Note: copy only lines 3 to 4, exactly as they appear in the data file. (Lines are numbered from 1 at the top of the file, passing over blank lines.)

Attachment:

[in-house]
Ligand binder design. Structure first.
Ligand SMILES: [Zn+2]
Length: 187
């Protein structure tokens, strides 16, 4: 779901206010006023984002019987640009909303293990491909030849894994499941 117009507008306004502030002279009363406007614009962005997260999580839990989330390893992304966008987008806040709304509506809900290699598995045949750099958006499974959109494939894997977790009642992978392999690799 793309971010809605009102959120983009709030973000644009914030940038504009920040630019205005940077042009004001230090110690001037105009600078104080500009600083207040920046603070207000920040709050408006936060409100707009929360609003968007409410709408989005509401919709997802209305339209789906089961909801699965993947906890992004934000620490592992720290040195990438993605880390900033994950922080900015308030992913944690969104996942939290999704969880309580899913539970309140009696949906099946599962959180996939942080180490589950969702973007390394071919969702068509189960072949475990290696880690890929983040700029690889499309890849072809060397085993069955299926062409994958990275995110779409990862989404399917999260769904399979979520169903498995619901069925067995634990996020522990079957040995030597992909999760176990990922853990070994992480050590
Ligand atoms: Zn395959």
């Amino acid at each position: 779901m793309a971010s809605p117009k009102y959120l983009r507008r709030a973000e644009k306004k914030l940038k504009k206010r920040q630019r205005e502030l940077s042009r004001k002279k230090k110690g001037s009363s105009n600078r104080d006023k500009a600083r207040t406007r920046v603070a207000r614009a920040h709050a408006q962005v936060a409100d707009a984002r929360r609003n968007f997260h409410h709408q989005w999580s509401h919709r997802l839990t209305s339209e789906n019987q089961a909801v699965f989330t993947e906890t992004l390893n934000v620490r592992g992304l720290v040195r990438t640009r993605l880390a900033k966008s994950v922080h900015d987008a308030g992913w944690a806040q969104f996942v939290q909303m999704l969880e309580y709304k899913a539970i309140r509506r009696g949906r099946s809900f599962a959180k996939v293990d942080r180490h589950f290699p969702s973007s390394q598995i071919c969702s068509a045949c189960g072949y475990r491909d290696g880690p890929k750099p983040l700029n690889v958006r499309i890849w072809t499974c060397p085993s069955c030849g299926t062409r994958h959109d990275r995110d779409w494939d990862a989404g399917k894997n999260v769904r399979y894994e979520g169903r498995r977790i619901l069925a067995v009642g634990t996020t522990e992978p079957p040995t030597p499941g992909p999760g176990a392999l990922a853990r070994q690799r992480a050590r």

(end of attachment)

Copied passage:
Ligand SMILES: [Zn+2]
Length: 187